For many who spent their childhood in Pretoria, they’ll remember all too well the threats parents wielded to curb errant behaviour. They would temper a lust for misadventure with the threat of the stout school in Hammanskraal. A hint of madness would be tempered with the threat of Weskoppies in Pretoria West. And any bent towards immorality would be cause for evoking the wrath of the hereafter. The triad of stout school, Weskoppies and religion were enough to induce generalised anxiety disorder (Gad) in many an ungovernable child. Chief Justice Mogoeng Mogoeng, like a parent of yesteryear, has invoked one leg of this trinity, religion, as being necessary to cure our society.

Mogoeng spoke of the role of religion in law on May 27 2014 at a Stellenbosch University conference: “Law and Religion in Africa: The Quest for the Common Good in Pluralistic Societies.” In his speech (as excerpted in this video clip) Mogoeng says that all manner of ills would be “turned around significantly if religion were to be factored into the law-making process”. The chief justice is very diligent about enumerating the many possible ways in which this infusion of religion into law could go wrong. But I think he misses the pith of this prickly problem.

Religion is often, if not always, premised on “received knowledge”. There is nothing intrinsically wrong with received knowledge because many a scientific discovery has been inspired by such moments of lucidity. But there is a difference between received knowledge as an inspiration and received knowledge as law. The law, more so in a plural society such as ours, is meant to foster harmonious co-existence. In order to achieve this harmonious co-existence, you need to be sensitive to evidence regarding the condition of citizens. This sensitivity to your citizens means that the law in turn needs to be sensitive to evidence — so that it can better foster this co-existence. Received knowledge as law tends to become dogmatic for the simple reason that unless another prophet (of sufficient standing) receives a software update, then that law keeps running on the old version. In short, law as received knowledge becomes resistant to evidence.

The law is a study in human reasoning. In order for human reason to have any credibility in mediating our common condition, it needs to be sensitive to evidence. So any system of reasoning that is resistant to evidence is hostile to the type of human reasoning that can foster harmonious mutual existence. In addition, such a hostile system is problematic because it co-locates power with prophets and not human reason.

Secondly, it is obvious that many of our moral systems and even legal systems derive from Judeo-Christian edicts. I think it is erroneous to think that Judeo-Christian edicts pre-date morality or hold a monopoly on morals. Religion does not hold the copyright to goodness.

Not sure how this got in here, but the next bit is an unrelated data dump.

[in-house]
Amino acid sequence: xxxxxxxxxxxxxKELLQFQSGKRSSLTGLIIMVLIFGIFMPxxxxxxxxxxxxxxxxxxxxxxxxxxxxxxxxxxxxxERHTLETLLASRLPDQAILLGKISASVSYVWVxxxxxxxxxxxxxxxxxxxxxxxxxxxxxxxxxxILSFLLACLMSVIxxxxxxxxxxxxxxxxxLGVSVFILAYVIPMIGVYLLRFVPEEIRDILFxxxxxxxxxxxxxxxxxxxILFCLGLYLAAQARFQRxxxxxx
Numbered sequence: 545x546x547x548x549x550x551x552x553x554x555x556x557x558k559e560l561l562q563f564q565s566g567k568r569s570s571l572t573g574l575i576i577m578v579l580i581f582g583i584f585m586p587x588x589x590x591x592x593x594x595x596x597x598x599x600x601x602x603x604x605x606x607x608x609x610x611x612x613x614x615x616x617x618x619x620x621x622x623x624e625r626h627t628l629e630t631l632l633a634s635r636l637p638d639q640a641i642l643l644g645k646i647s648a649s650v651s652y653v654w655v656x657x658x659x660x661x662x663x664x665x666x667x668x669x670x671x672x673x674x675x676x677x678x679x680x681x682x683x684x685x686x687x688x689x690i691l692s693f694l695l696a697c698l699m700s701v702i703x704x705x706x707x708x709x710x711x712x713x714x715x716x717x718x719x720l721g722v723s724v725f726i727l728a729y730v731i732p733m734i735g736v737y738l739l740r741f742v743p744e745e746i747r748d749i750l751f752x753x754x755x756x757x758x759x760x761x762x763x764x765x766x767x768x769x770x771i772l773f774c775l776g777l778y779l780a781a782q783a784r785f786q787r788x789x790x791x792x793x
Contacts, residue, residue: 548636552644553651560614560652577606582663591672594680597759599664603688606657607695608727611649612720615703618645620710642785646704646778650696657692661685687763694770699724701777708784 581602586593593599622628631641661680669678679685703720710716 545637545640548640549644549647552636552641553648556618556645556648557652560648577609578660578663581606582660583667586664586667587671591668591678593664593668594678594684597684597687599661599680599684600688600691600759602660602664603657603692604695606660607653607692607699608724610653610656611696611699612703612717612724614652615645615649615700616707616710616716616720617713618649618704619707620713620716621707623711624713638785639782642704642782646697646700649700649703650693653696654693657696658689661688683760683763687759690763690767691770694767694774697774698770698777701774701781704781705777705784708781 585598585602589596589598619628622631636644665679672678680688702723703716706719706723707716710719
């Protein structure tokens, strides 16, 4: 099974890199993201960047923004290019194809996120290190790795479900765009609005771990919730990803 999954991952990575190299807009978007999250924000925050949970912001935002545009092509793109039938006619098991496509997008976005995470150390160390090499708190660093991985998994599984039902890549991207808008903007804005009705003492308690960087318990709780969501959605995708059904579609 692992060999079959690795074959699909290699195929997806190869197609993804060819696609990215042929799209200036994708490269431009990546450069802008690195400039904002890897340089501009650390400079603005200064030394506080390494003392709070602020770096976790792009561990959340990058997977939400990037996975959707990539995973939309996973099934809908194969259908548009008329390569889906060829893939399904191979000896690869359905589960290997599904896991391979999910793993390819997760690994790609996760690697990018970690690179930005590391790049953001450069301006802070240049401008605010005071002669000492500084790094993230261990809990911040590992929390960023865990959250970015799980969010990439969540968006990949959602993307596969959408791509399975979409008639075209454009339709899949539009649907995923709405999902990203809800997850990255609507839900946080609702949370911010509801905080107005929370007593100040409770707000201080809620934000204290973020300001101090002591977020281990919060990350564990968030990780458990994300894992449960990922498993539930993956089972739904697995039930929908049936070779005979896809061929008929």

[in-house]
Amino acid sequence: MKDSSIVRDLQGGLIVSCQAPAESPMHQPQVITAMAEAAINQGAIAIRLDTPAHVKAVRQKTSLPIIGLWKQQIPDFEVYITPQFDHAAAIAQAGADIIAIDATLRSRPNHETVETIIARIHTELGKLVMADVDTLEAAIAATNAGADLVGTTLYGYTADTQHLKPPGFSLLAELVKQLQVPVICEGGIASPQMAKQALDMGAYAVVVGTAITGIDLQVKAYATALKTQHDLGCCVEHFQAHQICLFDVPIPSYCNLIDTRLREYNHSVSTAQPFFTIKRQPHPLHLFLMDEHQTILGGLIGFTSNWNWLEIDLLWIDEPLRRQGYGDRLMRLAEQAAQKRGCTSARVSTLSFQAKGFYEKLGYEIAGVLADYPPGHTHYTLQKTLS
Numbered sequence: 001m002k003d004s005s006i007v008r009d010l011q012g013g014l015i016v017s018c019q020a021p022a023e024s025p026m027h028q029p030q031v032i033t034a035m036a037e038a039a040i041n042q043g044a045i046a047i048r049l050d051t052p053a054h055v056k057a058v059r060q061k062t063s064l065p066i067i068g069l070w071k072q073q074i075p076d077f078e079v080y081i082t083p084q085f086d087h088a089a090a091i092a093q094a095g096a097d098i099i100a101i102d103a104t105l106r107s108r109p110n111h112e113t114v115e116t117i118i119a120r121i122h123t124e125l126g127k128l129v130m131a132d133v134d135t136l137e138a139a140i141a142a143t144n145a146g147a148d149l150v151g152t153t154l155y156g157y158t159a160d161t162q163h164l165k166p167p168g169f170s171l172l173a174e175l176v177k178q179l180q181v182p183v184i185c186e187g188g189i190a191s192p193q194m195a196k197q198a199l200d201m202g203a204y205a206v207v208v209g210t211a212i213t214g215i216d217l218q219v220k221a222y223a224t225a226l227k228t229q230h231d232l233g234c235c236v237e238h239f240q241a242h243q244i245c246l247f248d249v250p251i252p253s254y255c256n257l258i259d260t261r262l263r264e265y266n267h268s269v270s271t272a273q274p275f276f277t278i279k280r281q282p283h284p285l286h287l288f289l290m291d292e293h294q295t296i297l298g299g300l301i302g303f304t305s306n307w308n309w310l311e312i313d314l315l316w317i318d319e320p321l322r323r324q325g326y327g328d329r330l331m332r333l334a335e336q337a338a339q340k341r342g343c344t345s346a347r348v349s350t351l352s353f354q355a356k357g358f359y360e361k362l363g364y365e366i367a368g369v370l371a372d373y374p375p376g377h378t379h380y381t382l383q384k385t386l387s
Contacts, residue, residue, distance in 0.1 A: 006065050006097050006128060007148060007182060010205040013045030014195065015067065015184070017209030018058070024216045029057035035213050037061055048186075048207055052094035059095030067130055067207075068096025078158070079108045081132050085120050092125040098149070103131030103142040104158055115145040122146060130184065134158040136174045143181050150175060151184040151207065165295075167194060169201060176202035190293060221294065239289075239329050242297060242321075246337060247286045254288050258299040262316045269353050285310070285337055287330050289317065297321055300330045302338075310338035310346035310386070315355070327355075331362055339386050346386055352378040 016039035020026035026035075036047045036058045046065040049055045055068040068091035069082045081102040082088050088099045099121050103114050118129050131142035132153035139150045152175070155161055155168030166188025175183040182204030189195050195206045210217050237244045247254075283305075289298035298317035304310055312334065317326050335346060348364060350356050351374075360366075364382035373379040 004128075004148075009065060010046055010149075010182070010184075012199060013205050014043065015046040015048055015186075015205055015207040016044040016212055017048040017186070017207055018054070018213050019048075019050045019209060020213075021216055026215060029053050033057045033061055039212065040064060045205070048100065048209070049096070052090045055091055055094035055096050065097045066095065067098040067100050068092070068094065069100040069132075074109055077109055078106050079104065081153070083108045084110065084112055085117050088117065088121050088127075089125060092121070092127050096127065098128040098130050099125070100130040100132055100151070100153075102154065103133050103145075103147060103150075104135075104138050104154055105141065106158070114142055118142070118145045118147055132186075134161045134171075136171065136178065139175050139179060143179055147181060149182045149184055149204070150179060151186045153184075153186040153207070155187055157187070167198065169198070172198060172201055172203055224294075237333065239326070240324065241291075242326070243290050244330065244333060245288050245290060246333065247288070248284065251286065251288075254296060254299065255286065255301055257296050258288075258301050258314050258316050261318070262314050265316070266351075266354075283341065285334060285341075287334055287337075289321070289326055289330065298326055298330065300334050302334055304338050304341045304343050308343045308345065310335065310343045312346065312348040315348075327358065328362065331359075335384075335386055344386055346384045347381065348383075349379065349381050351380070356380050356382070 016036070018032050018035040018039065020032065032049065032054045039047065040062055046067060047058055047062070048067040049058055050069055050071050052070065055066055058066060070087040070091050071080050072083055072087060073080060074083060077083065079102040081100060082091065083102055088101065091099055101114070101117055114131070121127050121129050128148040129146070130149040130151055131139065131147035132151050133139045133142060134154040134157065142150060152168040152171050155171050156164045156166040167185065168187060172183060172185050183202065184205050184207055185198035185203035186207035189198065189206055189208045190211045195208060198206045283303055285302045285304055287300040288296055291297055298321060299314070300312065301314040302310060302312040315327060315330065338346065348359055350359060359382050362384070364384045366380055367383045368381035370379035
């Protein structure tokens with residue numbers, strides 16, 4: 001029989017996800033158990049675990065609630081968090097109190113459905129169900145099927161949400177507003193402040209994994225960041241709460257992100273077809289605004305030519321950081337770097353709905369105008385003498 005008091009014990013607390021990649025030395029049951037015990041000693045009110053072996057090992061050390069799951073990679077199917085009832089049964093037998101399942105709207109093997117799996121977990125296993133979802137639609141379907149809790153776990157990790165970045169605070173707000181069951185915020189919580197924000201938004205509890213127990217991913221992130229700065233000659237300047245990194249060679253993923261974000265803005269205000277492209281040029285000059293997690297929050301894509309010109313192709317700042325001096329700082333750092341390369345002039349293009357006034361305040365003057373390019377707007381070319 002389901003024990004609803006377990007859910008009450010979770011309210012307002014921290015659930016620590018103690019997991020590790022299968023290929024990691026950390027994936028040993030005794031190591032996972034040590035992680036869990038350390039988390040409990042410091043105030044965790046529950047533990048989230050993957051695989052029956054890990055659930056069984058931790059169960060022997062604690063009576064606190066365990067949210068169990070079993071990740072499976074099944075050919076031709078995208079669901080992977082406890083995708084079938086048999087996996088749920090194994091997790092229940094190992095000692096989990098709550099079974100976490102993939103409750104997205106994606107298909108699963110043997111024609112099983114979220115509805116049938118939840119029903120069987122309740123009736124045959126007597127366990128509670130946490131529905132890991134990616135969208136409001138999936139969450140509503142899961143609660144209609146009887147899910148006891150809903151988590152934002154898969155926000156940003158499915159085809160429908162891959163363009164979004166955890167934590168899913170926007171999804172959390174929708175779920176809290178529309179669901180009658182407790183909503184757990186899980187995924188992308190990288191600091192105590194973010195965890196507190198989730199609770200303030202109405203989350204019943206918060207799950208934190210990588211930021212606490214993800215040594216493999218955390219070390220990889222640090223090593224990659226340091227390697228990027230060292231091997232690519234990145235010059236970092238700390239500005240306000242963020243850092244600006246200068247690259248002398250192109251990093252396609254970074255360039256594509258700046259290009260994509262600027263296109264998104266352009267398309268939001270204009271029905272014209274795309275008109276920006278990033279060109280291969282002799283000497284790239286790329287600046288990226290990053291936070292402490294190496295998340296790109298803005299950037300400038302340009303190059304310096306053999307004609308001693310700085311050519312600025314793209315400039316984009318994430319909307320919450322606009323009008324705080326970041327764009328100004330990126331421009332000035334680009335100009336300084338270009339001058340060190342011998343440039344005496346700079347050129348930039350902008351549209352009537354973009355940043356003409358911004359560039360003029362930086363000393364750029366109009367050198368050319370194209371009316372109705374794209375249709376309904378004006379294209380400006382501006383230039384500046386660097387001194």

Thirdly, law is derived from many sources. Making religion the sole source is undesirable. An example is positive morality. Positive morality is the way people in present day conduct life. South African jurisprudence invokes positive morality. This was seen in the case of Bhe and Others vs The Magistrate, Khayelitsha and Others. In this case the Constitutional Court had to decide on customary law succession. In particular, decide whether black, African women could also inherit the estate and not just men. Instead of just on relying customary laws edicts, as they were, the Constitutional Court invoked positive morality and said the law had become “ossified”. Justice Pius Langa, penning the majority opinion, said the following about this customary practice: “The outcome has been formalisation and fossilisation of a system which by its nature should function in an active and dynamic manner.” This ruling demonstrates the use of alternative sources by the court. Chief Justice Mogoeng’s appeal to religion as a primary source is out of kilter with the history of the court.

The problem I suspect Mogoeng is trying to solve is how to get people to internalise the Constitution, defer to it and become living manifestations of its spirit. But instead of seeking ways to inculcate this manifestation, he seeks that thing which many people already embody and seeks to infuse that into the law. The rationale is that by infusing this (religion) into law then people will revere the law and hence help our society prosper. This is a little bit like how Silicon Valley technology companies operate. Instead of building a service from scratch and engendering devotion to it, they buy a company that already commands that devotion and hope that devotion is transferable. So Chief Justice Mogoeng is trying to be Facebook to the Instagram that is religion.

Carl Jung in his 1958 book The Undiscovered Self laments the communism hysteria that had gripped Europe. He said that American smugness at the communism zealotry was misplaced and that the issue both sides missed was asking the question: What exactly is that evolutionary psychological mechanism that results in people outsourcing their thinking to an external force (eg ideology, God etc). What mechanism causes people to trust another so wholeheartedly? In Jung’s estimation this need and ability to trust is the problem. Hence Mogoeng’s call to religion is not the core problem but rather it is this need to outsource human reason to an external enforcer. This need to subvert reason by inculcating submissive obedience is problematic.

Twitter: @melomagolego



Melo Magolego

Mandela Rhodes Scholar. Fulbright scholar. California Institute of Technology. MSc in electrical engineering.

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